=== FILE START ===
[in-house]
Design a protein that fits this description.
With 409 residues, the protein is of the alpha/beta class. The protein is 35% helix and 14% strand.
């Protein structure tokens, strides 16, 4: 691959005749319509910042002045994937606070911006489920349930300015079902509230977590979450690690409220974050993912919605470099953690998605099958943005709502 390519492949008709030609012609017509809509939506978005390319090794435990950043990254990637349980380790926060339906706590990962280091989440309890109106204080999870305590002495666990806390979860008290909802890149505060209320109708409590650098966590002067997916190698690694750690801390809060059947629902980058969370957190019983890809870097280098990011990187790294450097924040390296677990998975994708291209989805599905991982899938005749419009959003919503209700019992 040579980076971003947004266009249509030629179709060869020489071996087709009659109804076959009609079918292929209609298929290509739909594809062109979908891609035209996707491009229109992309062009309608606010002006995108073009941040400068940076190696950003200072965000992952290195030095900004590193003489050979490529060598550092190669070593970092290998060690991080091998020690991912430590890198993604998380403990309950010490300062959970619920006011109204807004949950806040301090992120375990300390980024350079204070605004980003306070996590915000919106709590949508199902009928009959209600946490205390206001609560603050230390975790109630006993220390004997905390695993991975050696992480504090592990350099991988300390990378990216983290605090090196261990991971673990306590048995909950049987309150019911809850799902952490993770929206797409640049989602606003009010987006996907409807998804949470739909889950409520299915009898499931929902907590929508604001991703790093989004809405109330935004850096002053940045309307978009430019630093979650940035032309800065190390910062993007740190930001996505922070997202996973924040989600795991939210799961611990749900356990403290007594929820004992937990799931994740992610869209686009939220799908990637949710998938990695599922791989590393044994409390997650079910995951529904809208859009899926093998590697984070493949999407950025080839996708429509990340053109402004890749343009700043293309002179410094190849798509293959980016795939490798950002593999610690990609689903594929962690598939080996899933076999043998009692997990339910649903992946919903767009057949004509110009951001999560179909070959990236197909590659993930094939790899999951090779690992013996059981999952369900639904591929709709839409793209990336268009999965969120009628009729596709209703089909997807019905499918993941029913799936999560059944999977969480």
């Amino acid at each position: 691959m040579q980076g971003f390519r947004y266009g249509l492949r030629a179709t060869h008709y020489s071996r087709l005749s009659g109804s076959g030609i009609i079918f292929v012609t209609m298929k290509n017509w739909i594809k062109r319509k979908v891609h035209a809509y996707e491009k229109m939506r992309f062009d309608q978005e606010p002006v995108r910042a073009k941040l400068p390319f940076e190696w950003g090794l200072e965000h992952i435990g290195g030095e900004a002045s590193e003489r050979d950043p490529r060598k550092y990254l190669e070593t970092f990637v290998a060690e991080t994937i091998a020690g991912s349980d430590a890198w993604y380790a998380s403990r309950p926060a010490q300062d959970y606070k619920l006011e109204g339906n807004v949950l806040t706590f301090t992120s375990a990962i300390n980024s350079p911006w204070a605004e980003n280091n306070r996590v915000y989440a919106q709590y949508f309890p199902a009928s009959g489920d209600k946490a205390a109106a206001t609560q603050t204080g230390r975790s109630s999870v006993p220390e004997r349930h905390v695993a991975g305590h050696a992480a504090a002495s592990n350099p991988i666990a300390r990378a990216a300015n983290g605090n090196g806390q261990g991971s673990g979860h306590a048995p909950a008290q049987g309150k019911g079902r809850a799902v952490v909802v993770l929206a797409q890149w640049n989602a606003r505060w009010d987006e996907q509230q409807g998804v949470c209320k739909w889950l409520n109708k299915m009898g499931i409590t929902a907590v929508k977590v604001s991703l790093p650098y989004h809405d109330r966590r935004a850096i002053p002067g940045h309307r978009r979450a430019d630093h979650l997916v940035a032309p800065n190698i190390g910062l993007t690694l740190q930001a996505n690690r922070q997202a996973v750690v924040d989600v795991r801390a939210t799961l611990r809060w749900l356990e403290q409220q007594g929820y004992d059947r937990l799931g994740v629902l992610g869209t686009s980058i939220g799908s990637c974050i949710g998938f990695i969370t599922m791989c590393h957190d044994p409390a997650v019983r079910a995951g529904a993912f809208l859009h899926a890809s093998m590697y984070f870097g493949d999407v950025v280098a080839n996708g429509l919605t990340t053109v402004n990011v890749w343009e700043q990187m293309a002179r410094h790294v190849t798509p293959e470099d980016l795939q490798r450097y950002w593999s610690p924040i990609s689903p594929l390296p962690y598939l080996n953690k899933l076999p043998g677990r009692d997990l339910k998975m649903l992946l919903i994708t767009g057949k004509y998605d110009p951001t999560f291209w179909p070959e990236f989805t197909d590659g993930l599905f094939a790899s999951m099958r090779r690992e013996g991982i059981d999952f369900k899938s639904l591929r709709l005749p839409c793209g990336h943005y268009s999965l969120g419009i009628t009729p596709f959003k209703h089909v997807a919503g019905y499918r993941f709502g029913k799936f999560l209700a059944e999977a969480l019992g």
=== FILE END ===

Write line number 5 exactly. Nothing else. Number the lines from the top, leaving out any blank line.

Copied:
């Amino acid at each position: 691959m040579q980076g971003f390519r947004y266009g249509l492949r030629a179709t060869h008709y020489s071996r087709l005749s009659g109804s076959g030609i009609i079918f292929v012609t209609m298929k290509n017509w739909i594809k062109r319509k979908v891609h035209a809509y996707e491009k229109m939506r992309f062009d309608q978005e606010p002006v995108r910042a073009k941040l400068p390319f940076e190696w950003g090794l200072e965000h992952i435990g290195g030095e900004a002045s590193e003489r050979d950043p490529r060598k550092y990254l190669e070593t970092f990637v290998a060690e991080t994937i091998a020690g991912s349980d430590a890198w993604y380790a998380s403990r309950p926060a010490q300062d959970y606070k619920l006011e109204g339906n807004v949950l806040t706590f301090t992120s375990a990962i300390n980024s350079p911006w204070a605004e980003n280091n306070r996590v915000y989440a919106q709590y949508f309890p199902a009928s009959g489920d209600k946490a205390a109106a206001t609560q603050t204080g230390r975790s109630s999870v006993p220390e004997r349930h905390v695993a991975g305590h050696a992480a504090a002495s592990n350099p991988i666990a300390r990378a990216a300015n983290g605090n090196g806390q261990g991971s673990g979860h306590a048995p909950a008290q049987g309150k019911g079902r809850a799902v952490v909802v993770l929206a797409q890149w640049n989602a606003r505060w009010d987006e996907q509230q409807g998804v949470c209320k739909w889950l409520n109708k299915m009898g499931i409590t929902a907590v929508k977590v604001s991703l790093p650098y989004h809405d109330r966590r935004a850096i002053p002067g940045h309307r978009r979450a430019d630093h979650l997916v940035a032309p800065n190698i190390g910062l993007t690694l740190q930001a996505n690690r922070q997202a996973v750690v924040d989600v795991r801390a939210t799961l611990r809060w749900l356990e403290q409220q007594g929820y004992d059947r937990l799931g994740v629902l992610g869209t686009s980058i939220g799908s990637c974050i949710g998938f990695i969370t599922m791989c590393h957190d044994p409390a997650v019983r079910a995951g529904a993912f809208l859009h899926a890809s093998m590697y984070f870097g493949d999407v950025v280098a080839n996708g429509l919605t990340t053109v402004n990011v890749w343009e700043q990187m293309a002179r410094h790294v190849t798509p293959e470099d980016l795939q490798r450097y950002w593999s610690p924040i990609s689903p594929l390296p962690y598939l080996n953690k899933l076999p043998g677990r009692d997990l339910k998975m649903l992946l919903i994708t767009g057949k004509y998605d110009p951001t999560f291209w179909p070959e990236f989805t197909d590659g993930l599905f094939a790899s999951m099958r090779r690992e013996g991982i059981d999952f369900k899938s639904l591929r709709l005749p839409c793209g990336h943005y268009s999965l969120g419009i009628t009729p596709f959003k209703h089909v997807a919503g019905y499918r993941f709502g029913k799936f999560l209700a059944e999977a969480l019992g």